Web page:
Unicode is today gradually replacing the older ASCII derivatives limited to 7 or 8 bit codes.
The purpose of using plain text today is primarily a "lowest common denominator" independence from programs that require their very own special encoding or formatting (with due sacrifices and limitations). Plain text files can be opened, read, and edited with most text editors. Examples include Notepad (Windows), edit (DOS), ed, emacs, vi, vim, Gedit or nano (Unix, GNU/Linux), SimpleText (Mac OS), or TextEdit (Mac OS X). Other computer programs are also capable of reading and importing plain text. It can also be used by simple computer tools such as line printing text commands like
type (DOS and Windows) and
Plain text files are almost universal in programming; a source code file containing instructions in a programming language is almost always a plain text file. Plain text is also commonly used for configuration files, which are read for saved settings at the startup of a program.
Text was once commonly encoded in ASCII, using 8 bits for one letter or other character, encoding 7 bits, allowing 128 values, and using the 8th as a checksum bit when transferring a file. This just allowed the ordinary Latin alphabet, transfer control codes, parentheses and interpunction, which annoyed computer users, especially Portuguese and Swedish users. Therefore, when data transfer became more stable, the remaining 128 values were encoded everywhere differently, and in a way that made multilingual texts impossible to encode. At last Unicode was defined, which currently allows for 1,114,112 code values used for any modern text writing system, and a lot of extinct ones. For example, Unicode codes Chinese, Hebrew, and Cyrillic as well as Latin. Some of these text formats may be quite complicated to process correctly, but they still contain no structural data, such as bold start and end markers, and are therefore plain text.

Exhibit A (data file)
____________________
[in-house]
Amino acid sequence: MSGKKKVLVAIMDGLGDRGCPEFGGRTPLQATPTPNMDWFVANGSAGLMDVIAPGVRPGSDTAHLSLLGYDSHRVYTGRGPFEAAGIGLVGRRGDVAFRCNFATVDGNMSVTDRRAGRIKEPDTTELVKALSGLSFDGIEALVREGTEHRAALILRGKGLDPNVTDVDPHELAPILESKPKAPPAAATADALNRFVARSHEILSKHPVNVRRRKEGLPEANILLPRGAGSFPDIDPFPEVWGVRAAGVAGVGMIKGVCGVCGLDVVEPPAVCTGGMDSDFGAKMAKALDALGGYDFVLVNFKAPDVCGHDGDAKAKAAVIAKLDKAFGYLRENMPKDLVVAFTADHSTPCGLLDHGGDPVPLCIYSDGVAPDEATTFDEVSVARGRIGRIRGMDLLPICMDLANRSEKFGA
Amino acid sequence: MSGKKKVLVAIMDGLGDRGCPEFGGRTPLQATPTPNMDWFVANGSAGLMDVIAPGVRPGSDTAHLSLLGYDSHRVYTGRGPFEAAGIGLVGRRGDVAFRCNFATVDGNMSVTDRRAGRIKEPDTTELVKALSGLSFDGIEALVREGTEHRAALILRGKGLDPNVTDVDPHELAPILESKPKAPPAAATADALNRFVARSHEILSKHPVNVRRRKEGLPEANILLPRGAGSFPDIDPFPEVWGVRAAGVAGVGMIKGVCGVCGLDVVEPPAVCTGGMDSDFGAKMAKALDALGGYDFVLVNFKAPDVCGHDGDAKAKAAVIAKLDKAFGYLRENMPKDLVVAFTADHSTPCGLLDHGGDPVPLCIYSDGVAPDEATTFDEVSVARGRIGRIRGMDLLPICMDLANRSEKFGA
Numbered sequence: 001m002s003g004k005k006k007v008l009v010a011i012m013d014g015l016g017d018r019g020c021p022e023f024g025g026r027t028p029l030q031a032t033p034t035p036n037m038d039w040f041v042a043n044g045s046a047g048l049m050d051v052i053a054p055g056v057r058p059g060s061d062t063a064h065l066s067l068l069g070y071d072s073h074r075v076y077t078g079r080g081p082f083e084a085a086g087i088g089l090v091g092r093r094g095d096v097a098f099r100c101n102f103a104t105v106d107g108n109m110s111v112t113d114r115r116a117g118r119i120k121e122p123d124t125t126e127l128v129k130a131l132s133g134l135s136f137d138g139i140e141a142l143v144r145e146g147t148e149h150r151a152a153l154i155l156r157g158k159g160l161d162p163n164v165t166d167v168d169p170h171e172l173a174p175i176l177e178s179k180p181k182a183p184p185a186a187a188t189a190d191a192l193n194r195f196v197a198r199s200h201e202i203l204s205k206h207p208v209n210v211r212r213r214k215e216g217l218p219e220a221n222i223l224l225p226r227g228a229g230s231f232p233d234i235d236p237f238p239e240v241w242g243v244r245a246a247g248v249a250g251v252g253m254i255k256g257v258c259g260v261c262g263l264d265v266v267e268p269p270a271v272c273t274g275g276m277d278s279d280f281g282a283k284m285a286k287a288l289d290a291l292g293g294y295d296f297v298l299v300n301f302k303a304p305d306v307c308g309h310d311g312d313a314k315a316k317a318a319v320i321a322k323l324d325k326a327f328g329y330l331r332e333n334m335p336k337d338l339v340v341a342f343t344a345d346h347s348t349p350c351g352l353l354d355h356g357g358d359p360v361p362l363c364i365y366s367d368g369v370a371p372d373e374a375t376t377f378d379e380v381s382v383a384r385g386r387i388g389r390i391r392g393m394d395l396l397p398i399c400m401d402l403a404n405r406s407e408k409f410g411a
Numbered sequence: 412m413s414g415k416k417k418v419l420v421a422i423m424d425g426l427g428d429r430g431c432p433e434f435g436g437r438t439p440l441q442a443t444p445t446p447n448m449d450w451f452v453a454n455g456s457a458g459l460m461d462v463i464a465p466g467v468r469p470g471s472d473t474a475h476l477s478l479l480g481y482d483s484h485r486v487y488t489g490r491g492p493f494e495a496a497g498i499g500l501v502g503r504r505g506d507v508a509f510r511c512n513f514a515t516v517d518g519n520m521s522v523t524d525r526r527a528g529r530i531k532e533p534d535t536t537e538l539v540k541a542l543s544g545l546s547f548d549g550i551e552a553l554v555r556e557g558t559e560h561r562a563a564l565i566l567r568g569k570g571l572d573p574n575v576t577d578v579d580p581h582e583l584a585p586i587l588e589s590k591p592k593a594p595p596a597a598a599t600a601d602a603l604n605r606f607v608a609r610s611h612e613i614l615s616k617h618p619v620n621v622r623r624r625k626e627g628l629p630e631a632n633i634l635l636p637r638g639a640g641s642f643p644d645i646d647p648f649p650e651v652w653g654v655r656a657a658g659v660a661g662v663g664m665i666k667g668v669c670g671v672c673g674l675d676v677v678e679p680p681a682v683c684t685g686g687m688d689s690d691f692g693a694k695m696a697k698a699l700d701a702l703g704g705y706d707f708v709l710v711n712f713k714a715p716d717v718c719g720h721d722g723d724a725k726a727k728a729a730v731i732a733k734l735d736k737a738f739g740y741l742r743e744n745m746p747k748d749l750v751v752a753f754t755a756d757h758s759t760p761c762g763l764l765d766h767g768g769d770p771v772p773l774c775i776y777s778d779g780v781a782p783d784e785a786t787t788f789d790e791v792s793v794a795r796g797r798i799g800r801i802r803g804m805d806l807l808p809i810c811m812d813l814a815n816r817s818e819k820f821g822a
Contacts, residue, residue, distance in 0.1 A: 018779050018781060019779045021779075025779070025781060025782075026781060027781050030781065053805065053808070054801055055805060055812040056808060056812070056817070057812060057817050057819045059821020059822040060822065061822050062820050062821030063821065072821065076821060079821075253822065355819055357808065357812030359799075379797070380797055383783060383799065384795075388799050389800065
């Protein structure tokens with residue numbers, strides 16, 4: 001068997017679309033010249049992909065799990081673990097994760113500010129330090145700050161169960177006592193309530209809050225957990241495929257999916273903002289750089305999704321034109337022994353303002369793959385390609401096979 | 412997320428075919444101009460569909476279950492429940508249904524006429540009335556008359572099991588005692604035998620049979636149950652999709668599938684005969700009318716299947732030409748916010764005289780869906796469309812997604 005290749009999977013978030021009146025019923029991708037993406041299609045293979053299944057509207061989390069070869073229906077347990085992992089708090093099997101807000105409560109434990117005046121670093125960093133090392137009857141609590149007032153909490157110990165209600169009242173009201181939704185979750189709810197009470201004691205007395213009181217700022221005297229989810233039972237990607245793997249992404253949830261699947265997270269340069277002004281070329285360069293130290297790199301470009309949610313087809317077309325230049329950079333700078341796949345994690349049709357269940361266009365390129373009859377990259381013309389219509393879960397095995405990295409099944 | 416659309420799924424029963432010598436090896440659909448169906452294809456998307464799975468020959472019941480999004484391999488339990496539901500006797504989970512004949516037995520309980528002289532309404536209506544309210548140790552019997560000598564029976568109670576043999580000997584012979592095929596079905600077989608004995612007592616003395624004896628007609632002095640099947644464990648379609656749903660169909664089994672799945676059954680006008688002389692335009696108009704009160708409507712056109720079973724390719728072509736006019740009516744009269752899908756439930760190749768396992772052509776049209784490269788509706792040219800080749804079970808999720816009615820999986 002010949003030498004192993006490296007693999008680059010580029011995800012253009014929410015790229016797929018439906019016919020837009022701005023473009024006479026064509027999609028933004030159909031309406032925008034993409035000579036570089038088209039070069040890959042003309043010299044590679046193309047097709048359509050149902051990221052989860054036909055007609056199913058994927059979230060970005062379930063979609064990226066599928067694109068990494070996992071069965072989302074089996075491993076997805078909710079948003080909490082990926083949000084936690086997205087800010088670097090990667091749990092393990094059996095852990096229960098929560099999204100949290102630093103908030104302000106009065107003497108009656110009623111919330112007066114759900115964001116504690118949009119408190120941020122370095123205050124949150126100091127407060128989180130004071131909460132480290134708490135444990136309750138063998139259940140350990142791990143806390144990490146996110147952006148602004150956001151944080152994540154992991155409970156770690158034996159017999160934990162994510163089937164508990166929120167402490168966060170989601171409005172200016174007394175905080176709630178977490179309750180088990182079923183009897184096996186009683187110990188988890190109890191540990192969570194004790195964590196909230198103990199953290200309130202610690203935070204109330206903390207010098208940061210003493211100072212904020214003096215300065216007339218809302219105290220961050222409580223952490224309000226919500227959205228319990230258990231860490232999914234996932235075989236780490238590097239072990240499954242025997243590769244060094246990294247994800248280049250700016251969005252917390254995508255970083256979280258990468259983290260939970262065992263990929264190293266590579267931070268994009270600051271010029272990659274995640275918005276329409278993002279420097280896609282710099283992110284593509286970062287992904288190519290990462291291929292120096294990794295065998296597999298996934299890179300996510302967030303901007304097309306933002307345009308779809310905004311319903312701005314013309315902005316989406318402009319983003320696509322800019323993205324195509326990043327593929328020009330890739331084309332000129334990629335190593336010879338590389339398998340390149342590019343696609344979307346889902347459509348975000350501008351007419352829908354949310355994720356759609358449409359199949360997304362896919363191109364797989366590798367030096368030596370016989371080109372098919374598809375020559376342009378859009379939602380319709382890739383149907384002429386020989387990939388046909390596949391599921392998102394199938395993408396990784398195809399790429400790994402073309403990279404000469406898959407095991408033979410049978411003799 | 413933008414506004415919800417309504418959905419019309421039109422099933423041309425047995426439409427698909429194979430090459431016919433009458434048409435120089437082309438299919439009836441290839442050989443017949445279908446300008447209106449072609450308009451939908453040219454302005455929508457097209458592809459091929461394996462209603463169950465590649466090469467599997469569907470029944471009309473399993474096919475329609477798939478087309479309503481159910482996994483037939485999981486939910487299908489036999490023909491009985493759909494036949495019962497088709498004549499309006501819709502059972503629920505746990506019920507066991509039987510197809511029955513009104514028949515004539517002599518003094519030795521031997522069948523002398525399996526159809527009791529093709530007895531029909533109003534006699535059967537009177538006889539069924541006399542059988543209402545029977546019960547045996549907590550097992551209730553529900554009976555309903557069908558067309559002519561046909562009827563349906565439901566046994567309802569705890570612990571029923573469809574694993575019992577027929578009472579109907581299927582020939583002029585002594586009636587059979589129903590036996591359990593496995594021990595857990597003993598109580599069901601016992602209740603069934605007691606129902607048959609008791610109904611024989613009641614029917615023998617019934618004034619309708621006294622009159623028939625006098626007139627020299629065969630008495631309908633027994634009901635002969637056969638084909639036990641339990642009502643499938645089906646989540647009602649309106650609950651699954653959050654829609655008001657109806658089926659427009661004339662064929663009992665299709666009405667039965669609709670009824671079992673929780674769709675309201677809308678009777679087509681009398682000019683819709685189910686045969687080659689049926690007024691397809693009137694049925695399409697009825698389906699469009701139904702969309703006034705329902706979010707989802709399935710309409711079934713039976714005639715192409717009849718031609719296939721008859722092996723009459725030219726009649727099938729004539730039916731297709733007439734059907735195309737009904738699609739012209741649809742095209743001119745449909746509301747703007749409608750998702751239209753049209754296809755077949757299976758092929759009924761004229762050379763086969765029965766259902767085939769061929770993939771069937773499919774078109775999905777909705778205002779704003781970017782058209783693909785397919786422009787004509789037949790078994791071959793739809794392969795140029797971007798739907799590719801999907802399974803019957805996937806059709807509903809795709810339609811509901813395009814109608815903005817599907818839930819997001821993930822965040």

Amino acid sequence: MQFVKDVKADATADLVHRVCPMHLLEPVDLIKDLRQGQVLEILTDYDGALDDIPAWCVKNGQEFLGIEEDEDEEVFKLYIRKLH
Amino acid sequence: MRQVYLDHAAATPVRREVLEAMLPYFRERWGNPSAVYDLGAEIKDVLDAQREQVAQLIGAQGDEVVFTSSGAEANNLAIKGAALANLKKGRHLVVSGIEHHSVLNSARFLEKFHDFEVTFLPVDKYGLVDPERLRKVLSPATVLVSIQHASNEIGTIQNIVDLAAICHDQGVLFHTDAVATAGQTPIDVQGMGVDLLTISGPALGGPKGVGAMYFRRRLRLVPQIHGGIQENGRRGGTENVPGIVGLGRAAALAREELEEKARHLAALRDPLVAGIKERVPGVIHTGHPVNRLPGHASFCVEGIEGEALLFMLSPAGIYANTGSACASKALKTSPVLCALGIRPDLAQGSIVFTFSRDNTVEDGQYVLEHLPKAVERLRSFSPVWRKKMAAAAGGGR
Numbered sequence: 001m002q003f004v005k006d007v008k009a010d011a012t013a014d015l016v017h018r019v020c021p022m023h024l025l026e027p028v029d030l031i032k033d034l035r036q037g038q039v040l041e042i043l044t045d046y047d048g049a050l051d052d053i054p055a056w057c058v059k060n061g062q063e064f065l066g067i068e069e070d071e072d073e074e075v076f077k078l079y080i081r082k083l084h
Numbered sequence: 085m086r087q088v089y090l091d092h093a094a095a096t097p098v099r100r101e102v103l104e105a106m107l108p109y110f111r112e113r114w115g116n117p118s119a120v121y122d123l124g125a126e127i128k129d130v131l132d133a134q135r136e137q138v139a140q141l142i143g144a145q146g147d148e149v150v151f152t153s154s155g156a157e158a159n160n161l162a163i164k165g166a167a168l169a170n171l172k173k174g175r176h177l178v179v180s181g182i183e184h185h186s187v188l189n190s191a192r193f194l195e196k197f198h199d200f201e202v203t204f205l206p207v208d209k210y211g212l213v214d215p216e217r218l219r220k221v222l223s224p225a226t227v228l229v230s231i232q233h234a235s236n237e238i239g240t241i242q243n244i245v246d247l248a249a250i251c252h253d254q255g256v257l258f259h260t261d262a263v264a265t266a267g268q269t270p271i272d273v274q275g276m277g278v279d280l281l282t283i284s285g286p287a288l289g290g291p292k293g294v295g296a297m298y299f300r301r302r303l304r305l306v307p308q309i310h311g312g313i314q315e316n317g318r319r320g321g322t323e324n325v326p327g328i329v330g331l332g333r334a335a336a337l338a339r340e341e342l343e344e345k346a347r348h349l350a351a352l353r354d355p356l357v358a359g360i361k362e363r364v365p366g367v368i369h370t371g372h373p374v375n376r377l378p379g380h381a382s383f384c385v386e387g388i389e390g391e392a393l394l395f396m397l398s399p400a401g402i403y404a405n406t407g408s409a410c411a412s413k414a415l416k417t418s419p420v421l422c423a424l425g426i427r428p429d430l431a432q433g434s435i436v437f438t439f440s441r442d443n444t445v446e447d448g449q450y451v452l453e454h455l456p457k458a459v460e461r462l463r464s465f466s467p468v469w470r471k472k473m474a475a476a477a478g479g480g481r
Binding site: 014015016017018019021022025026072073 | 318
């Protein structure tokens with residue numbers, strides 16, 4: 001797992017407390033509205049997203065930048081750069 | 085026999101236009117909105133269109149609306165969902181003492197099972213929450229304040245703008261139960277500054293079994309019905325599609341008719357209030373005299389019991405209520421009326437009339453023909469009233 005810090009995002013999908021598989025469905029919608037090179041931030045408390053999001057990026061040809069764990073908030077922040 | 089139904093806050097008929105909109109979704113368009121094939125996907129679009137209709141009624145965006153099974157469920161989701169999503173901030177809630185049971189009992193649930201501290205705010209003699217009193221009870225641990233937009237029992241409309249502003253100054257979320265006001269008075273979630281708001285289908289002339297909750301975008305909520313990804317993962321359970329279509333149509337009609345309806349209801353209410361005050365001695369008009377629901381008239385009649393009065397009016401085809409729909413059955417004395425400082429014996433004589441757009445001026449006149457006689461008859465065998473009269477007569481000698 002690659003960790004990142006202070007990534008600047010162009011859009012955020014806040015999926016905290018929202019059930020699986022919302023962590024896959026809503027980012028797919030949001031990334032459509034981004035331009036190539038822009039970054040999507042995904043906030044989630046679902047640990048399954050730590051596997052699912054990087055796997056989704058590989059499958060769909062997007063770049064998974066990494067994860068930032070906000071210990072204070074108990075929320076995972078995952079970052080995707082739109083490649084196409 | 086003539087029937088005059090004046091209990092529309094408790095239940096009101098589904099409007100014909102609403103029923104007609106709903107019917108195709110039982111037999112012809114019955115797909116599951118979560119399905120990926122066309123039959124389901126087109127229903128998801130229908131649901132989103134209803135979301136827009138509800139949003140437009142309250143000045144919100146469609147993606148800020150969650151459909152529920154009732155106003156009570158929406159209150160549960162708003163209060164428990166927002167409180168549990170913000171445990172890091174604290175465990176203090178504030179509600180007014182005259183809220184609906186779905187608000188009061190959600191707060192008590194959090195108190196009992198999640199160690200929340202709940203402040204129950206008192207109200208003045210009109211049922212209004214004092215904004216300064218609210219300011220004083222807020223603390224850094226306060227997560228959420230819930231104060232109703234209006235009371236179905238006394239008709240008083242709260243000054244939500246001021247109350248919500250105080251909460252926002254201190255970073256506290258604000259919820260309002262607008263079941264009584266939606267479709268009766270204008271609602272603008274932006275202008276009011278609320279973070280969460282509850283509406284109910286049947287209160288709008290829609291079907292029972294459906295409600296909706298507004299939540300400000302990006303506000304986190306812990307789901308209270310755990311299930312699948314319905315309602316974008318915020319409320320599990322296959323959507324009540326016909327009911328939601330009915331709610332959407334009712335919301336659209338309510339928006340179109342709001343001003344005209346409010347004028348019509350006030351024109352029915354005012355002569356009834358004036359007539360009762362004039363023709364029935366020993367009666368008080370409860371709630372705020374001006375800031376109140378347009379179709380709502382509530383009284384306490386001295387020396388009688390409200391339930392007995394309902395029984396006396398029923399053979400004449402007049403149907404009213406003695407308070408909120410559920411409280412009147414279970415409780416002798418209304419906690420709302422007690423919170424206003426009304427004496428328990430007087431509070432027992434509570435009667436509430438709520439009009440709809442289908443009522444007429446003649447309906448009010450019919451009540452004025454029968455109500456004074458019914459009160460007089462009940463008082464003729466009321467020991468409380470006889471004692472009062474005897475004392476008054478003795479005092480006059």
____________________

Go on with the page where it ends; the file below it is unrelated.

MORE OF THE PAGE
The ASCII codes before
20H) are not intended as displayable characters, but instead as control characters. They are used for diverse interpreted meanings. For example, the code
0, sometimes denoted
Ctrl-@) is used as string end markers in the programming language C and successors. Most troublesome of these are the codes
LINE FEED =
CARRIAGE RETURN =
0DH). Windows and OS/2 require the sequence
CR,LF to represent a newline, while Unix and relatives use just the
LF, and Classic Mac OS (but not Mac OS X) uses just the code
CR. This was once a slight problem when transferring files between Windows and Unices, but today most computer programs treat this seamlessly.